The picture on the left is a gorgeous flower from a C. labiata. This image is one of over a thousand orchid pictures compiled by brothers Arne and Bent Larsen on Orkide Galleri. Their site is informative and educational, but I need to warn you that gazing at pictures like this or this can generate serious orchid envy.
The C. labiata is one of the most famous plants in Orchidaceae because it was the first of the large-flower Cattleyas to be identified, and it has a compelling story of being "lost" in the 1820's and "rediscovered" in 1889. (I put "lost" and "rediscovered" in quotation marks because I assume that some of the native peoples of Brazil saw this plant all the time.)
Cattleya labiata entered the Western botanical world after it was discovered by William Swainson in Pernambuco Brazil in early 1817. In 1818, Swainson reportedly returned to England with over 20,000 insects, 1,200 plant species, hundreds of bird skins, and a goodly number of fish. His apparent obsession with bugs might explain why he didn't marry until 1823. Anyway, Swainson sent the labiata specimen to John Lindley and, in 1821, Lindley formally named the genus after his patron, William Cattley.
William Swainson left for New Zealand and, without a high-speed Internet connection, the English horticulturalists (who were going bananas over the C. labiata) had no way to contact him. Also, from what I've read, these explorer types were often reluctant to share their knowledge of where to find precious flowers. Some people thought that the plant could be found in Rio de Janerio because Swainson made his shipments from Rio. No luck. So, this plant, whose flowers Lindley described as exceptionally large and beautiful, disappeared from Western view for over seventy years.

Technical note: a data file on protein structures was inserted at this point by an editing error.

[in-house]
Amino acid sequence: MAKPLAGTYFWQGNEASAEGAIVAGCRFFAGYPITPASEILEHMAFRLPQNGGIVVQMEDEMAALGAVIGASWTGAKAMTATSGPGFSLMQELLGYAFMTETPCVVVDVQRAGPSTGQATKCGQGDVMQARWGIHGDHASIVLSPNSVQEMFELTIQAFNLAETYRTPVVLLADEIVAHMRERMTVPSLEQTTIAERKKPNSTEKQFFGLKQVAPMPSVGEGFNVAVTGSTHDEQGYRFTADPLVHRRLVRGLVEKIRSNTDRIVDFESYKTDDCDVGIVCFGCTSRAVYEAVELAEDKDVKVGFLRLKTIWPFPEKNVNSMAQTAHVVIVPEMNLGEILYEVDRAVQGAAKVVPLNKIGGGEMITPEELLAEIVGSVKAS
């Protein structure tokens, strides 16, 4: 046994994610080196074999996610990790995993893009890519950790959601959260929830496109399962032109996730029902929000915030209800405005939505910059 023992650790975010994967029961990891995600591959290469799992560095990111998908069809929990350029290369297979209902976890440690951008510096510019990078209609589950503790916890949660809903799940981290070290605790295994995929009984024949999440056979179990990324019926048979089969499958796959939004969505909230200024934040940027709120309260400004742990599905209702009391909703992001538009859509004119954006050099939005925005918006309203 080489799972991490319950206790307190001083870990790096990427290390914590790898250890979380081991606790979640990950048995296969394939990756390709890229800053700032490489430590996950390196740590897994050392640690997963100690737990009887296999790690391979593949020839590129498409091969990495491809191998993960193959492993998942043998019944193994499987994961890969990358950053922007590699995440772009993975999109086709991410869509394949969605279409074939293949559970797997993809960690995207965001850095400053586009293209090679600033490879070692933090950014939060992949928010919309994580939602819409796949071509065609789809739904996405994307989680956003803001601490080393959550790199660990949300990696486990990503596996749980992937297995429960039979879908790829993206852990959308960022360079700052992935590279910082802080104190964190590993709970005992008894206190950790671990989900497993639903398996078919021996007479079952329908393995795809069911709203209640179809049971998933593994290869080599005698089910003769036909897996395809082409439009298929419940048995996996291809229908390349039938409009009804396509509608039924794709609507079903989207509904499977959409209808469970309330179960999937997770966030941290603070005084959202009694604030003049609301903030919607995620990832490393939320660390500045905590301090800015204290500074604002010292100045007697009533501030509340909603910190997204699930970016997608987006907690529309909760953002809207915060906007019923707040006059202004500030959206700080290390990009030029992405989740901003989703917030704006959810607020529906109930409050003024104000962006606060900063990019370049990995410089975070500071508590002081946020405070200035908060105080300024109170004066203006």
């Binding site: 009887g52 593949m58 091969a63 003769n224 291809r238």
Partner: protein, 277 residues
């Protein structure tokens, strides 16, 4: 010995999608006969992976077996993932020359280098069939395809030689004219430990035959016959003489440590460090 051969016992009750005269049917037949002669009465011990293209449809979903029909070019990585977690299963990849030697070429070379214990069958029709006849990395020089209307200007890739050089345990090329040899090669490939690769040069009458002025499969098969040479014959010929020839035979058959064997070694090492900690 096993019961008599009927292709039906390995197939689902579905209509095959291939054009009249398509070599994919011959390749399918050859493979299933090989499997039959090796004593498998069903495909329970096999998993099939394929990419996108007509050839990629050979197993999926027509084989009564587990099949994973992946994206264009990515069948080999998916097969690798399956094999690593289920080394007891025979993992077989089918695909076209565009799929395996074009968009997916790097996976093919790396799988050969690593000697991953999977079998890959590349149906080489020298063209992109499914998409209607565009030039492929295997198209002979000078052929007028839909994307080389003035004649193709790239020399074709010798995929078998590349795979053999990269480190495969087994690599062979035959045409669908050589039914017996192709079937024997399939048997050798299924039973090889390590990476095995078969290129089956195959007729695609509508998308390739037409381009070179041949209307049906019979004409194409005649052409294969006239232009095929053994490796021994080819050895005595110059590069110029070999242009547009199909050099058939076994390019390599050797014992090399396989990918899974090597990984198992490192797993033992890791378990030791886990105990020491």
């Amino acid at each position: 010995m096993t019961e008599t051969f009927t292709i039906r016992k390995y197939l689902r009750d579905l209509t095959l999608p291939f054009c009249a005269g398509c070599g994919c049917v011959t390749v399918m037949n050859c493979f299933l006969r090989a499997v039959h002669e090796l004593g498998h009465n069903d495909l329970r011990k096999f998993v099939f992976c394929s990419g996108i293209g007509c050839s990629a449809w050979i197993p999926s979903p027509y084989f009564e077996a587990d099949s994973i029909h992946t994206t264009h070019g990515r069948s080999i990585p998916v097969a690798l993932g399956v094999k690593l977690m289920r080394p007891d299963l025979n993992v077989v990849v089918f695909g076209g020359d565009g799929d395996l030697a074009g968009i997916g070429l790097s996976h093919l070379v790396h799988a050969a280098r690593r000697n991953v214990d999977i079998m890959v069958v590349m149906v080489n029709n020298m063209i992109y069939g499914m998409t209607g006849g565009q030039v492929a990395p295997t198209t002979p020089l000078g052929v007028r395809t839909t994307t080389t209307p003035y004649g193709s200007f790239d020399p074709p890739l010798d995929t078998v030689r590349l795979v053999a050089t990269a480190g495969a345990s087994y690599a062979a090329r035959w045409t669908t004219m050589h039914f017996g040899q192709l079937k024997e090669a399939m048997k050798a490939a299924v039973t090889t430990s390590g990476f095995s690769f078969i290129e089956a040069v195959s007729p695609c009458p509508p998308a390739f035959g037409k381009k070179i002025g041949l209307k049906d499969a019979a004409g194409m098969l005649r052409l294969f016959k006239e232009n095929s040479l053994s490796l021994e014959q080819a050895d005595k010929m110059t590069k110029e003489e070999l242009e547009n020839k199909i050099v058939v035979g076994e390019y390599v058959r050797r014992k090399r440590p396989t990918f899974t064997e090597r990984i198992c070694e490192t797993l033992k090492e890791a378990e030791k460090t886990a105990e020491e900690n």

Chadwick and Chadwick's 2006 book The Classic Cattleyas, published by Timber Press, gives the definitive account of the discovery and 1889 rediscovery of C. labiata. (Chadwick and Sons Orchids, by the way, offer several rare C. labiata plants for sale on their website.) Their account of the rediscovery of C. labiata is definitive, in my opinion, because they consider and reject competing explanations for why the plant came back into English society in the late 19th century. They also examine why some of the tall tales became popular. This is unique because other accounts I've read either champion a single explanation or they simply list the different theories and let the reader decide.
There are at least two apocryphal tales told about the discovery and rediscovery of this plant. In the first, C. labiata was discovered because someone used them as packing material for a shipment of lichens sent to William Cattley. Cattley threw them in a corner of his greenhouse and, with healthy neglect, they bloomed. The true account is much more straightforward: Swainson sent a C. labiata specimen to Lindley.
The second tall tale is that the species was rediscovered when someone knowledgeable about orchids spotted C. labiata on a lady's corsage at an evening ball. Again, the most likely and realistic account is also the most boring. Some guy (who wasn't really into flowers) had some C. labiatas from his collector in Pernambuco. Some other guy, who knew a lot about orchids, was visiting while the flowers were blooming, and he soon thereafter recognized them as the "lost" species.
Despite Chadwick and Chadwick's book, and despite informative site like Garden Notes, the dubious tales surrounding the C. labiata will likely persist. I say this because both stories are repeated as established fact, with no accompanying references or citations, in Susan Orlean's best-selling The Orchid Thief (see pages 65 and 69). Andrew Weil's blurb on the inside cover says, "The Orchid Thief provides further, compelling evidence that truth is stranger than fiction," but Orlean's bungling of the C. labiata story makes me wonder about that. .